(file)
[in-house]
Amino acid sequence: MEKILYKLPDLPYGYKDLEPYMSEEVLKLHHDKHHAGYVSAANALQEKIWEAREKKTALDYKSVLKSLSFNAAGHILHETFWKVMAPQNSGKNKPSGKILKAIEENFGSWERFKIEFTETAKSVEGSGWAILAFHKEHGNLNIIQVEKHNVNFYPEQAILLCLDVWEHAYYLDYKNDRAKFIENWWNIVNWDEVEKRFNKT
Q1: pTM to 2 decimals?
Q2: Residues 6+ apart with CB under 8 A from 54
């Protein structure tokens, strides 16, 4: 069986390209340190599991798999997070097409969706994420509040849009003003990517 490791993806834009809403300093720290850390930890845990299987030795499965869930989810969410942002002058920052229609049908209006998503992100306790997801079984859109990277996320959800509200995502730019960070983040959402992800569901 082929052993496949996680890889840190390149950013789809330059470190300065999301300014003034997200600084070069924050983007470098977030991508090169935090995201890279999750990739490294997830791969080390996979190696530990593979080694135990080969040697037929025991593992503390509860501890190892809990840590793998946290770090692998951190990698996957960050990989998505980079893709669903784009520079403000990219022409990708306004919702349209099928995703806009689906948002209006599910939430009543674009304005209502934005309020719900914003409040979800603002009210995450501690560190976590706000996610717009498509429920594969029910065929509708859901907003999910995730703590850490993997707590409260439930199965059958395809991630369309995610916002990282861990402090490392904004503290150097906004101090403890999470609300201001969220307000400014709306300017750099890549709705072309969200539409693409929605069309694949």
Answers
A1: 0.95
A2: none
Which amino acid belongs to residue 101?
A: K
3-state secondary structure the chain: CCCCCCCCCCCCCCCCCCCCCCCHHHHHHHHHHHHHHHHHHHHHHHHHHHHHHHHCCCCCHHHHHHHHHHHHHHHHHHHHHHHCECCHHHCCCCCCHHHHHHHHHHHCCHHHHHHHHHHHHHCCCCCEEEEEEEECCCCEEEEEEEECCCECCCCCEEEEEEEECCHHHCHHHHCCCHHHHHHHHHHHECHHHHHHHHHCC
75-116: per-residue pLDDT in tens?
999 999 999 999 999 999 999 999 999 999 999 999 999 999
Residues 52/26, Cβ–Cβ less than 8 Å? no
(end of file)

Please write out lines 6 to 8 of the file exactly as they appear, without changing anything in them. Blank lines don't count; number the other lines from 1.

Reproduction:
Answers
A1: 0.95
A2: none